Published: Jan 1984
| ||Format||Pages||Price|| |
|PDF ()||27||$25||  ADD TO CART|
|Complete Source PDF (9.9M)||27||$65||  ADD TO CART|
This paper does not attempt to review all aspects of environment-sensitive fracture testing, but rather is concerned specifically with continuing problems in relation to such tests and with relatively recent developments. The importance of conducting tests in environments related to possible service situations cannot be overemphasized, especially since, in relation to alloy selection, it is well established that alloy additions that provide good resistance in one environment may not do so in another. Similarly, in view of the importance of surface state in corrosion reactions, it is surprising how often laboratory tests involve surfaces that are not representative of those that may obtain in service, with the result that the free corrosion potentials in laboratory tests may differ markedly from those in service, with possibly serious consequences for cracking susceptibility. The problem is partially overcome by the use of potentiostatic control in laboratory tests, but in some, although not all, conditions of exposure composition and potential changes within precracks, crevices, or pits can influence results, and the crack tip potential may not equate to that which is measured at the surface where the crack emerges.
The importance of attempting to simulate service conditions in laboratory tests in relation to the chemistry of the environment and the potential is also the case in relation to stressing conditions, hence the significance of tests involving precracked specimens, the application of slow strain rates, and low-frequency cyclic loading. The last decade or so has seen the widespread introduction of these stressing modes, but there remain queries concerned with such tests, not least in relation to whether they are so demanding that materials which would behave satisfactorily in some service applications are disallowed. Also in the context of such tests there remains for rationalization methods for expressing results. The strain rate dependence of environment-sensitive fracture probably relates to the time dependence of corrosion-related reactions, and it may be worth considering that the parameters currently used for defining thresholds would be more realistically related to stressing rate or the rate of change of the threshold stress intensity factor.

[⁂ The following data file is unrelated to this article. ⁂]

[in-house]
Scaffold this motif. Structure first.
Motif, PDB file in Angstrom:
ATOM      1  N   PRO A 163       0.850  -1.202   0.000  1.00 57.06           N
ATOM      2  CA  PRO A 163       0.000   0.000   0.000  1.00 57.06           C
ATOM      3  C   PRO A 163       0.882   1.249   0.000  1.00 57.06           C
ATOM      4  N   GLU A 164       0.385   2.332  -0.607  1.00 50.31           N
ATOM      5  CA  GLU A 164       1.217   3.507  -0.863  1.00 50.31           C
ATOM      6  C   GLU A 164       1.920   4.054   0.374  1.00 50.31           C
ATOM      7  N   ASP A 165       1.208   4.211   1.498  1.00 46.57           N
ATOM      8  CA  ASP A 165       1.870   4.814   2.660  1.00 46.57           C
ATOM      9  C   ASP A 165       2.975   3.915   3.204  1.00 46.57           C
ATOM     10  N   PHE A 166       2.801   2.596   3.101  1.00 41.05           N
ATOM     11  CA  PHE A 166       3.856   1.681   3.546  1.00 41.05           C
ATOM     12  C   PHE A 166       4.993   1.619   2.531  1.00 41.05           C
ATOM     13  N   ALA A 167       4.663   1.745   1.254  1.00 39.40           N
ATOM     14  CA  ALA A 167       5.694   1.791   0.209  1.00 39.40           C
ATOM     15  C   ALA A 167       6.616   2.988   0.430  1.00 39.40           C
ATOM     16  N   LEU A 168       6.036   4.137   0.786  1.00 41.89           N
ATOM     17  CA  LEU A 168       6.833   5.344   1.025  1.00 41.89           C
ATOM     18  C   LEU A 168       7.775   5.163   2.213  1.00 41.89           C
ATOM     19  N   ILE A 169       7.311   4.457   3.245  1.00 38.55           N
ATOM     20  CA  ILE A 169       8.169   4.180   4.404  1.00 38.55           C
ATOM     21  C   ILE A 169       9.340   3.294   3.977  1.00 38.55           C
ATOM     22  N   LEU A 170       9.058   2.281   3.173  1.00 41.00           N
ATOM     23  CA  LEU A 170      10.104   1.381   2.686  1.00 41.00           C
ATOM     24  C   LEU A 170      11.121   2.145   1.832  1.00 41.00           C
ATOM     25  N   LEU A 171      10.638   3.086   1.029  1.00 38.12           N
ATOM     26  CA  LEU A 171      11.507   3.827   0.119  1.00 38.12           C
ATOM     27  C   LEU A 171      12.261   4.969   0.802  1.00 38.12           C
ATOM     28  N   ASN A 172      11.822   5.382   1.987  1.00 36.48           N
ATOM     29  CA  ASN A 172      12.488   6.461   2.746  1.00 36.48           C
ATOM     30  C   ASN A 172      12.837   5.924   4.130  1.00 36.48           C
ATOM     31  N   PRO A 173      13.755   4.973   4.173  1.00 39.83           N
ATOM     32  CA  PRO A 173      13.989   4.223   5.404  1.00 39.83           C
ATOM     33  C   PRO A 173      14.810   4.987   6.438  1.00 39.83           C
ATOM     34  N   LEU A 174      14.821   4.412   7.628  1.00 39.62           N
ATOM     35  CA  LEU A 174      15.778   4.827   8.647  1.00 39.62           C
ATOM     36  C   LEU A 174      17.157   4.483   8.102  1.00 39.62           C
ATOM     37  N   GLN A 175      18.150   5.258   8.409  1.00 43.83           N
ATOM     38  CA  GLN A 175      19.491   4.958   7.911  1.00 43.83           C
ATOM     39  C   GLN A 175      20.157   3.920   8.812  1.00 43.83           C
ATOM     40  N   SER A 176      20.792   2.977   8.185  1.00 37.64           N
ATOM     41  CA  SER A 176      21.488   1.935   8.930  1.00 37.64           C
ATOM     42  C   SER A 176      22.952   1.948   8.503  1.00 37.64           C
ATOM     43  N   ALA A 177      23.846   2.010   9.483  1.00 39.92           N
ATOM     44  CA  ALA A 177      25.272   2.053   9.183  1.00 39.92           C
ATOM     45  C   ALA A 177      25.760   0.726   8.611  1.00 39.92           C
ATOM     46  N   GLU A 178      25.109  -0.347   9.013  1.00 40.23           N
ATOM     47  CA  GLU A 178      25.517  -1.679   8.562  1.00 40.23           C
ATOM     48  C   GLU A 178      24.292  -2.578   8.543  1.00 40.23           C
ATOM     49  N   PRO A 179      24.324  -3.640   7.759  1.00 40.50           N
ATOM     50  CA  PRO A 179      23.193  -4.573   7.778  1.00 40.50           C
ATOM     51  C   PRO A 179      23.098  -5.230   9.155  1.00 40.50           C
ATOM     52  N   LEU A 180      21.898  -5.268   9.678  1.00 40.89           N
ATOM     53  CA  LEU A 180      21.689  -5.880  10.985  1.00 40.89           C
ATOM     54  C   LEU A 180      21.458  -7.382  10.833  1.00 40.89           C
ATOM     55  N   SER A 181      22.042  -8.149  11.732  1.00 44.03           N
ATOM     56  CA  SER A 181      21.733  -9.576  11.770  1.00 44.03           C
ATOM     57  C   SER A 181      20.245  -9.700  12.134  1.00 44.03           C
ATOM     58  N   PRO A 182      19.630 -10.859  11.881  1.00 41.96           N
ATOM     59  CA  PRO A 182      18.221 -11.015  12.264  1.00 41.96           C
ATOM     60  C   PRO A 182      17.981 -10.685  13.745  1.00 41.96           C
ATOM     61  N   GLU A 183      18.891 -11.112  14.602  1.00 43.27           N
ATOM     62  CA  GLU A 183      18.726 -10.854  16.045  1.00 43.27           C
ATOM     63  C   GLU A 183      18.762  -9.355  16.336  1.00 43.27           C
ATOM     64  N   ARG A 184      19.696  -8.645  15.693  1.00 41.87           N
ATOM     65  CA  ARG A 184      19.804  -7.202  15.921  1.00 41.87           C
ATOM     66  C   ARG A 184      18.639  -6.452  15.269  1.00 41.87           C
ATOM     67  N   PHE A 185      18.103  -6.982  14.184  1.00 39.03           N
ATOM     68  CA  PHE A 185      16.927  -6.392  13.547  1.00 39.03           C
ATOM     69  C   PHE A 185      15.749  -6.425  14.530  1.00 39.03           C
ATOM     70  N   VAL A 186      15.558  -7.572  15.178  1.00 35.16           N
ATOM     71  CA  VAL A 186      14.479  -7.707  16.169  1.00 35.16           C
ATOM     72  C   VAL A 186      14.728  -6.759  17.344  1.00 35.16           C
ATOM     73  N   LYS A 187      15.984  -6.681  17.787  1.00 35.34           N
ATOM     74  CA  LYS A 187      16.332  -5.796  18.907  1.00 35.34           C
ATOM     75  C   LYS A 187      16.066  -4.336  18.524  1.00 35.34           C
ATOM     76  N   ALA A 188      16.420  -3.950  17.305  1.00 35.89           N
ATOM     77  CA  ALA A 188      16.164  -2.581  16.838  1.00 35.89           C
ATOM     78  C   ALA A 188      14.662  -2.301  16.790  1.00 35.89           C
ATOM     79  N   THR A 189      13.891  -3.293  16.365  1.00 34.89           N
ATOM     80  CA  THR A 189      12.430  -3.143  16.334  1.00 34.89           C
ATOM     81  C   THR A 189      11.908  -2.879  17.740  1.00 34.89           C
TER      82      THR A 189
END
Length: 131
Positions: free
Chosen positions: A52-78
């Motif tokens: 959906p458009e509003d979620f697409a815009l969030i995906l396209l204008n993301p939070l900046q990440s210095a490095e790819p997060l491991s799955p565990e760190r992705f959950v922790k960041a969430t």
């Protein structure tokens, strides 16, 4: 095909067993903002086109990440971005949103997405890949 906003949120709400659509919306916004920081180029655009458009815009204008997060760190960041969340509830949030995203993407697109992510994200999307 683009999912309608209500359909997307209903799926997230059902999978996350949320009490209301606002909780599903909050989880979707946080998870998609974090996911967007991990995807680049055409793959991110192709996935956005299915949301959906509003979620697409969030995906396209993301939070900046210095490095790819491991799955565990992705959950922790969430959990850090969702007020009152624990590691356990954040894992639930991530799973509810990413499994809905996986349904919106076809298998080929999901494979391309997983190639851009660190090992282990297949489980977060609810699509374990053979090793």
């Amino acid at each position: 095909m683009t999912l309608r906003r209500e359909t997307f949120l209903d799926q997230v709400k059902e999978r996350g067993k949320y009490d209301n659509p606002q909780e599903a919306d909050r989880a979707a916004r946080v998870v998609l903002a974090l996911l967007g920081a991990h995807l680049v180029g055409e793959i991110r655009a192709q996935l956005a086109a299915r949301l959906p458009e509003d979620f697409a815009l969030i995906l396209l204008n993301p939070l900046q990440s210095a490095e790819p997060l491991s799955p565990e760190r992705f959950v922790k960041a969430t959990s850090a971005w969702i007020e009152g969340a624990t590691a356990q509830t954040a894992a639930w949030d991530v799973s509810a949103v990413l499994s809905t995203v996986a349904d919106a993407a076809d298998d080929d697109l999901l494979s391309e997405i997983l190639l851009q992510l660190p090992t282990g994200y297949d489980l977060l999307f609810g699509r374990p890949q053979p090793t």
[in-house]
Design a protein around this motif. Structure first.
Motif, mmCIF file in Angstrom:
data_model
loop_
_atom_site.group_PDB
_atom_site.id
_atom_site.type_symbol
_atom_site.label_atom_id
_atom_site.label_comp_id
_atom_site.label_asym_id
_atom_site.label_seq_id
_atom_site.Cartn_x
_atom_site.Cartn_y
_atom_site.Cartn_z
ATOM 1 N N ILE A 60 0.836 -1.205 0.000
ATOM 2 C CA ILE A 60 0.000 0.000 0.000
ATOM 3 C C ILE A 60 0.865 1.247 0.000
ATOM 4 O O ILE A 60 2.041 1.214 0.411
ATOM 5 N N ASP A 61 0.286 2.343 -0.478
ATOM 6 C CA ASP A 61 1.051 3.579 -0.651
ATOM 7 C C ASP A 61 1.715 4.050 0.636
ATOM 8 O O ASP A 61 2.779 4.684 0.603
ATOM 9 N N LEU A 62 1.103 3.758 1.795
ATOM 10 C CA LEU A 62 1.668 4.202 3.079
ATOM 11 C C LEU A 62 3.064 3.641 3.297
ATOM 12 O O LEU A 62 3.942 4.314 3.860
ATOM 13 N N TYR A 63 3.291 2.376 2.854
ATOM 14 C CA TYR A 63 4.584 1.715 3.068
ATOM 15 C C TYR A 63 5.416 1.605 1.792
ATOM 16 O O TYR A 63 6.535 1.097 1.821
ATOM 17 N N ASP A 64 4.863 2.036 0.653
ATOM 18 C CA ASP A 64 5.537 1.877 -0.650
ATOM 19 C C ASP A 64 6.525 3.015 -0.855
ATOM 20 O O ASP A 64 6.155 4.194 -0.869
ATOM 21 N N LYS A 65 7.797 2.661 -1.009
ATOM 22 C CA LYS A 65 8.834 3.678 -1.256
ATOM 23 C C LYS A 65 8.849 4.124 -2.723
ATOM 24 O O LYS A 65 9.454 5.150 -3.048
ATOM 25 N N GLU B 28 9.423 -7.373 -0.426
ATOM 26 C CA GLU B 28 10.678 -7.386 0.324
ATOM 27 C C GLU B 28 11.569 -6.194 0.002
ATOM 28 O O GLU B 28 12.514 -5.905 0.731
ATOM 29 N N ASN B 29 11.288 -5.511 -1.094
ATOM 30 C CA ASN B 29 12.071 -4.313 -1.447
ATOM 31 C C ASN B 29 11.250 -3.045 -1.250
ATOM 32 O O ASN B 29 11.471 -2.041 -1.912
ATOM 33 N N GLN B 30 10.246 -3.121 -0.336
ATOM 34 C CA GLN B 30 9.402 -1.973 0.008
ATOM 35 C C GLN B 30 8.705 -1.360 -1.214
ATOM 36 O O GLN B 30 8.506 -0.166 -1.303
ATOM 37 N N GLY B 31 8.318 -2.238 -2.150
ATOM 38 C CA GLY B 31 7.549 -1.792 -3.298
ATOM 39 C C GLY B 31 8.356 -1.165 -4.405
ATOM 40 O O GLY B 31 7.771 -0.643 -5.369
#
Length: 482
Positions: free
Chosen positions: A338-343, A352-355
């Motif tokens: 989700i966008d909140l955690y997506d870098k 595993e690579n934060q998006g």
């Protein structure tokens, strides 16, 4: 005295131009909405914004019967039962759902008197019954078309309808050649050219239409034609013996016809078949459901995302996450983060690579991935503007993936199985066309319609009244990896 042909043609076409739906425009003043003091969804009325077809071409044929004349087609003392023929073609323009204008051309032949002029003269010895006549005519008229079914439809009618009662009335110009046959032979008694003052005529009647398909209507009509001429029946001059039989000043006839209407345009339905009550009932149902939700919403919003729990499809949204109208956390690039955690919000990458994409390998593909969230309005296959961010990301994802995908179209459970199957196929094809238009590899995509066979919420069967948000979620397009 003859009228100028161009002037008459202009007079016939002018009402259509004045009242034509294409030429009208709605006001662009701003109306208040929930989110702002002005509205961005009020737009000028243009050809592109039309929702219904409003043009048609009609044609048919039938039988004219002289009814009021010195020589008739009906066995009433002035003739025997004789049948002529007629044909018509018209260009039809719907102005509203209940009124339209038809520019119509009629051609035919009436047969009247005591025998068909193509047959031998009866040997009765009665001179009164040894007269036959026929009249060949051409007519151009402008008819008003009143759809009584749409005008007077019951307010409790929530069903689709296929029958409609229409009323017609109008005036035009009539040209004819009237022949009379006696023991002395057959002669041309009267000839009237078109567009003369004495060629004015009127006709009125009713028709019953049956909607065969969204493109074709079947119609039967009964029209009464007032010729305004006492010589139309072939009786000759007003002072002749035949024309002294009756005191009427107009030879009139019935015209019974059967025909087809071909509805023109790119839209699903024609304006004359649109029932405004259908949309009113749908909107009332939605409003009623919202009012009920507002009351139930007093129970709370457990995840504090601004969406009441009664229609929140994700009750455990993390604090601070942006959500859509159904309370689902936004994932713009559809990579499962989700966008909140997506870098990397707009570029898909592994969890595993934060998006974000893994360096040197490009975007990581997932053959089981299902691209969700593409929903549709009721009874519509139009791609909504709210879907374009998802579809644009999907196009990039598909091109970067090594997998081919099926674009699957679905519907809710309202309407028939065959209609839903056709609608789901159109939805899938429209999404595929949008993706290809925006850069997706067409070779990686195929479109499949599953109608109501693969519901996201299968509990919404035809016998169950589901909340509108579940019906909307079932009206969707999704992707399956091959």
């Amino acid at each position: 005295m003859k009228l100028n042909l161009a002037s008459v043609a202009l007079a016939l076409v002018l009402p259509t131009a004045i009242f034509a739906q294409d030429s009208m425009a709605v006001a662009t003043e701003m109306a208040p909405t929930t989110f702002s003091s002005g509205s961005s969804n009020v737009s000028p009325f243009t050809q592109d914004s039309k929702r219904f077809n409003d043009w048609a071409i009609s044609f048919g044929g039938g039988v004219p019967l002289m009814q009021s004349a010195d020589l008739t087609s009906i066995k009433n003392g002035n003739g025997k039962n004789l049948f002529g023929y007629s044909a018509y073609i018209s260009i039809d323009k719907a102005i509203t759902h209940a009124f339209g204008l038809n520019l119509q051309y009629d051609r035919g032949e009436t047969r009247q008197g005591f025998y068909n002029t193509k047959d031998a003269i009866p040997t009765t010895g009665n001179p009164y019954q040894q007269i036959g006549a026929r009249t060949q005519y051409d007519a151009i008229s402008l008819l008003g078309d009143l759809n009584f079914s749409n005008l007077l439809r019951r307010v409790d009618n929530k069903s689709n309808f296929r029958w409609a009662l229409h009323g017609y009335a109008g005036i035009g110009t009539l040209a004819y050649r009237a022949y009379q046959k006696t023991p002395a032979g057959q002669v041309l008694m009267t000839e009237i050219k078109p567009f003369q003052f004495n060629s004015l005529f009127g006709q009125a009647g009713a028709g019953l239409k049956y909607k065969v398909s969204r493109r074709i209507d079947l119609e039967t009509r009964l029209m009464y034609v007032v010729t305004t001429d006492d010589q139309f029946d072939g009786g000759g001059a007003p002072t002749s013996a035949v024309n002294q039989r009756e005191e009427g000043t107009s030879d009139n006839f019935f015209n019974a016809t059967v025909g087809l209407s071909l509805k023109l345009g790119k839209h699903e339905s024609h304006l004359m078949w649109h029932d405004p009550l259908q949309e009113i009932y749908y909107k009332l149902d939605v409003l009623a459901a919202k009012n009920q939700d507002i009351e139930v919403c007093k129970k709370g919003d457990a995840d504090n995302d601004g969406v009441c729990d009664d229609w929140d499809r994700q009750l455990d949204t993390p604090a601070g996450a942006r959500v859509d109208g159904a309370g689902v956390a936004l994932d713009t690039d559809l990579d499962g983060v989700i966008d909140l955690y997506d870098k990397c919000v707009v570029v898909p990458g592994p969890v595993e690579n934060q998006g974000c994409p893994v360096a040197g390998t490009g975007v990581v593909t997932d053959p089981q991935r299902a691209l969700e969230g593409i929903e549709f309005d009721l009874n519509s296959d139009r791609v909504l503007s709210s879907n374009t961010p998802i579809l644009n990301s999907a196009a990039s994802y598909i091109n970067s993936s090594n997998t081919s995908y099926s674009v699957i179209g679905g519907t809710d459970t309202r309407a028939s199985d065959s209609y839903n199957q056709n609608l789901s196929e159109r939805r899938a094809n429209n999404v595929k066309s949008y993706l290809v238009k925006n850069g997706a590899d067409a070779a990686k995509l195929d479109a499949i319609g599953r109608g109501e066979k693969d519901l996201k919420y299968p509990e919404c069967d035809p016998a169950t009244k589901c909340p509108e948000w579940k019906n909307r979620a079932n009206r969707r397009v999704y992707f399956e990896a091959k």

stress corrosion cracking, corrosion fatigue, environment-sensitive fracture, alloy selection, environment composition, electrode potential, surface condition, strain rate effects, precracked specimens, cyclic loading
Professor of Metallurgy, The University of Newcastle upon Tyne, Newcastle upon Tyne,